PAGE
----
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HSCI 358 Racism and Health

This course focuses on the role of racism in the creation and perpetuation of poor health outcomes. Emphasis will be placed on analysis, utilizing critical theory, of the manner in which the history of scientific racism is embedded in current health care clinical practice. The biological responses to the experience of racism will be explored. Racism in healthcare research, the role of structural racism in homelessness and its effects on health, and engagement in anti-racist, activist scholarship to achieve health equity are addressed.

Special information

Prerequisites: 30 credits of lower division undergraduate coursework.
4 Undergraduate credits

Effective May 2, 2023 to present

Meets graduation requirements for

Learning outcomes

General

  • Students will be able to describe the history of scientific racism embedded in the current healthcare system and clinical practice.
  • Students will be able to analyze their own attitudes and beliefs about racism related to health and healthcare.
  • Utilizing critical theory, students will be able to analyze the role that racism plays in lack of healthcare access and poor clinical outcomes.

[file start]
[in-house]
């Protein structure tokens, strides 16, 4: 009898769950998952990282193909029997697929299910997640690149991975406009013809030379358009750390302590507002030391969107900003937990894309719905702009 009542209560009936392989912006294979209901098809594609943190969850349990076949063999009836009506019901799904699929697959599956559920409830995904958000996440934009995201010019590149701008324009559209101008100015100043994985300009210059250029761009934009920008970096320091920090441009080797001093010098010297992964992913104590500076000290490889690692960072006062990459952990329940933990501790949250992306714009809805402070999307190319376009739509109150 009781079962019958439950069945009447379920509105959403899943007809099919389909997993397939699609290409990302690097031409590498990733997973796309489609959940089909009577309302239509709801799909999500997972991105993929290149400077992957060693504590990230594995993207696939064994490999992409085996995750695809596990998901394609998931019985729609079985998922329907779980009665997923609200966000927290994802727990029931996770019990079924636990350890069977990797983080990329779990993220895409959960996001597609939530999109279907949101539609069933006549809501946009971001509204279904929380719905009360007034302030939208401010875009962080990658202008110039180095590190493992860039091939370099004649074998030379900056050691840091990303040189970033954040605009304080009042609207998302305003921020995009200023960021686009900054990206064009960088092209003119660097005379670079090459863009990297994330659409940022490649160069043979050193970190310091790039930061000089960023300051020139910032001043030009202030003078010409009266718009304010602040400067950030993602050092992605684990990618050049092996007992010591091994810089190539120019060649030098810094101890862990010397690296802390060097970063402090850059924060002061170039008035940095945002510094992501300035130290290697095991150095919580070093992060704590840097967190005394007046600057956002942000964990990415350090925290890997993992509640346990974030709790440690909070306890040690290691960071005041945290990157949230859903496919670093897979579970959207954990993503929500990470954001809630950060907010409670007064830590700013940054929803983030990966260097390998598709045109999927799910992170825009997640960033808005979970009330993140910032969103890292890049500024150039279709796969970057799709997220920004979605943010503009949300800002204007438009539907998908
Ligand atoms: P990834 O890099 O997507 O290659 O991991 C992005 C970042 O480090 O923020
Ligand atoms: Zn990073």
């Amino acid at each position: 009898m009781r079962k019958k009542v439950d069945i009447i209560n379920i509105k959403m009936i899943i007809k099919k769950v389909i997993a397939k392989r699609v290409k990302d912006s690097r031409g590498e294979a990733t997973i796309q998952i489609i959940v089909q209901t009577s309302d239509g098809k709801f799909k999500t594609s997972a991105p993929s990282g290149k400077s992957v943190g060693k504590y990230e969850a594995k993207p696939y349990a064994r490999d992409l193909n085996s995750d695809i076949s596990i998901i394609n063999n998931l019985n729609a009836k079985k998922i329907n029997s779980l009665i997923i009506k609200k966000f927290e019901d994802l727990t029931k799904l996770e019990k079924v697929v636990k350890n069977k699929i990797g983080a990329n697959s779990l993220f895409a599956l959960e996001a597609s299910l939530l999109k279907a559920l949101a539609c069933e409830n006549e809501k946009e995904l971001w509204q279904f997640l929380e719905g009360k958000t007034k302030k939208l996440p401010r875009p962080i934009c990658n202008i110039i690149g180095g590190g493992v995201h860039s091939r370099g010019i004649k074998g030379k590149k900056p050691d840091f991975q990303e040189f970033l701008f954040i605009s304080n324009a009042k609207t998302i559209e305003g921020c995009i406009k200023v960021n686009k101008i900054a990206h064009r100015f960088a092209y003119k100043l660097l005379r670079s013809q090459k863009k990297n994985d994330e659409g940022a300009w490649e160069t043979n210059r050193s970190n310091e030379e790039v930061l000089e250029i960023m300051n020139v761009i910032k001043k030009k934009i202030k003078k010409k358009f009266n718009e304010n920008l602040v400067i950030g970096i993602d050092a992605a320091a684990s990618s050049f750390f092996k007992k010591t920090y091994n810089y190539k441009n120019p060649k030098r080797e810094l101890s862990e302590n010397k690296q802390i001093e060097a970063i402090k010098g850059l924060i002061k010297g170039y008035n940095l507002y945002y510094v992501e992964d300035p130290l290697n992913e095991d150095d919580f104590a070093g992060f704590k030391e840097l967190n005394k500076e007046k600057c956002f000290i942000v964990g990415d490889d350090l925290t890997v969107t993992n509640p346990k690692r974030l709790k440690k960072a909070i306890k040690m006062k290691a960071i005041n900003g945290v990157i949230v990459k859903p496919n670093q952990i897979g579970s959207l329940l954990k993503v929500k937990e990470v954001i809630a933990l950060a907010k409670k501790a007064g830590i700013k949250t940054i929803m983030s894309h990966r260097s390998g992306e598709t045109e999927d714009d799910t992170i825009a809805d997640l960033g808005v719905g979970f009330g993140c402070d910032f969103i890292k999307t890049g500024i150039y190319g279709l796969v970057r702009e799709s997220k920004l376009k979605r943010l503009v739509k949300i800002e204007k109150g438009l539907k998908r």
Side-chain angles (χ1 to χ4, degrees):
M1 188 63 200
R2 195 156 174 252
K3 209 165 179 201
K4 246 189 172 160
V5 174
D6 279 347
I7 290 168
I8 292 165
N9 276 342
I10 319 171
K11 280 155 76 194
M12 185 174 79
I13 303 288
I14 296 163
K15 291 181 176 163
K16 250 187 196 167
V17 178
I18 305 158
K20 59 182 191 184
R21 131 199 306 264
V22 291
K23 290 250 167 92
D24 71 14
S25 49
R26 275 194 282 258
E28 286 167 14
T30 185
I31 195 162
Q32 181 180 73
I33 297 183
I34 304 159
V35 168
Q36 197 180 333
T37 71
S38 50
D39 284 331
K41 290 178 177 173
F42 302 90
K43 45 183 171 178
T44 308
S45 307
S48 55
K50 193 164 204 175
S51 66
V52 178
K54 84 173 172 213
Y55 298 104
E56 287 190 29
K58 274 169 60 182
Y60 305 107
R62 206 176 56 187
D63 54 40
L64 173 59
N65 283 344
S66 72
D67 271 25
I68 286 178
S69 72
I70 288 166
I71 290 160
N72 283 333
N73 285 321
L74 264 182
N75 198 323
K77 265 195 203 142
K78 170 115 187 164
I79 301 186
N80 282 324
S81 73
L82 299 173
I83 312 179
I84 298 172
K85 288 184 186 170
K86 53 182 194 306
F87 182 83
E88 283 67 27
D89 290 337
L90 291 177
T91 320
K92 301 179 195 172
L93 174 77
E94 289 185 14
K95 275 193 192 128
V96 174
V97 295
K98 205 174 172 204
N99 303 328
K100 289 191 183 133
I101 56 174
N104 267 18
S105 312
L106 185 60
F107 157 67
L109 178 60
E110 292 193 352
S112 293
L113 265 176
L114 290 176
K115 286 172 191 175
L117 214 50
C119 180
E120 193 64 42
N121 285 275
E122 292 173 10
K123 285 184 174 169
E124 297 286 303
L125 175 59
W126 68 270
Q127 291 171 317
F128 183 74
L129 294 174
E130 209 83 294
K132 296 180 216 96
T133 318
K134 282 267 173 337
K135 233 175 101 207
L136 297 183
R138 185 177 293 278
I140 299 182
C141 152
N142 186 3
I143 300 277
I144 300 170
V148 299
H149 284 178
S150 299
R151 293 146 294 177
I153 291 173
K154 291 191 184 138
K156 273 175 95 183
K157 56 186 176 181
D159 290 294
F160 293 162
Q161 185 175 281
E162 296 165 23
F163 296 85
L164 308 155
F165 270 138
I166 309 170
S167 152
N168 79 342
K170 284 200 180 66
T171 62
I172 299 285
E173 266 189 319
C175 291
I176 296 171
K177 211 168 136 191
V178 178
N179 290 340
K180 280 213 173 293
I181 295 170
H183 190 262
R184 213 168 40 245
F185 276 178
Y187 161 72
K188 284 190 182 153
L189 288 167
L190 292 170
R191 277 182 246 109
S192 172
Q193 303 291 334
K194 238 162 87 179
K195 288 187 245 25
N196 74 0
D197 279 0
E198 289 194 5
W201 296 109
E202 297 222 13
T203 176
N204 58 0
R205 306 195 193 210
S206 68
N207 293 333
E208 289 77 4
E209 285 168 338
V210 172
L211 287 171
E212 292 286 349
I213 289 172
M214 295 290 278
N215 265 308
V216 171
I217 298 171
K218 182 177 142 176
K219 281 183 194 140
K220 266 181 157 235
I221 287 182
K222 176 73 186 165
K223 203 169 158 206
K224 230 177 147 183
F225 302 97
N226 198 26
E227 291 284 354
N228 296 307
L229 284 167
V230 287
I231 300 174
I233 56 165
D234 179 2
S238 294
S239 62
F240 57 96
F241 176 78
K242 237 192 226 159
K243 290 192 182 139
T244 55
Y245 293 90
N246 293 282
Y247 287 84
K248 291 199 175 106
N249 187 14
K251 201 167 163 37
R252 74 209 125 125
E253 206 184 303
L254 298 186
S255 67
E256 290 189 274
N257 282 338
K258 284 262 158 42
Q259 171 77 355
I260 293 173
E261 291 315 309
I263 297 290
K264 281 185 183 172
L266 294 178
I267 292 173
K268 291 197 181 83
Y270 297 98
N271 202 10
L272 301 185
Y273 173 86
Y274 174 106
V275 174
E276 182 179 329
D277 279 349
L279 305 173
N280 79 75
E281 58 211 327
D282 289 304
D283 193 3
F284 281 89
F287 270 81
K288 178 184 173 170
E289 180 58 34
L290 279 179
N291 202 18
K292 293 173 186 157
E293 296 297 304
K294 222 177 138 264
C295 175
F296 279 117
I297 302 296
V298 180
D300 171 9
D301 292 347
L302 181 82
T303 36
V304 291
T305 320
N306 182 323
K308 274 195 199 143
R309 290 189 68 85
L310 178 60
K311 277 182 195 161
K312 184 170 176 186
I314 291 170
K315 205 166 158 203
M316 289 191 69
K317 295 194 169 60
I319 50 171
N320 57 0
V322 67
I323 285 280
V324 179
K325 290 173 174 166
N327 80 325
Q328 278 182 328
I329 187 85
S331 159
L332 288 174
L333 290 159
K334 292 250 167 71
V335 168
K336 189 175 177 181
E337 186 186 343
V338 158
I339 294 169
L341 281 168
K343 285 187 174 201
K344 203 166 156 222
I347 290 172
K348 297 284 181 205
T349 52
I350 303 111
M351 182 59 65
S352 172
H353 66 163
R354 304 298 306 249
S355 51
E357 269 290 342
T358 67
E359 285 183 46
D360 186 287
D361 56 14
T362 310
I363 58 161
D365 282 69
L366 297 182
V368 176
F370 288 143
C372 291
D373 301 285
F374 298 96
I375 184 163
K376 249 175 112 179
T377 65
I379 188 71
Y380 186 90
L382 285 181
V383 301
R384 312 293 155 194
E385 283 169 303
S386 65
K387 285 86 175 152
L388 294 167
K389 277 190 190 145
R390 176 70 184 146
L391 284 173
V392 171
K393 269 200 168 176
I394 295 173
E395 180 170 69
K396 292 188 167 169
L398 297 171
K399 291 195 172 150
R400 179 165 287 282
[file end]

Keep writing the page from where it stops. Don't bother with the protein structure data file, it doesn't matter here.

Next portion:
• Students will be able to analyze the effects of racism on human biological function.
  • Students will be able to develop a purposive, anti-racist, social action plan that works towards health equity and liberation.

Minnesota Transfer Curriculum

Goal 7: Human Diversity

  • Understand the development of and the changing meanings of group identities in the United States' history and culture.
  • Demonstrate an awareness of the individual and institutional dynamics of unequal power relations between groups in contemporary society.
  • Analyze their own attitudes, behaviors, concepts and beliefs regarding diversity, racism, and bigotry.
  • Describe and discuss the experience and contributions (political, social, economic, etc.) of the many groups that shape American society and culture, in particular those groups that have suffered discrimination and exclusion.
  • Demonstrate communication skills necessary for living and working effectively in a society with great population diversity.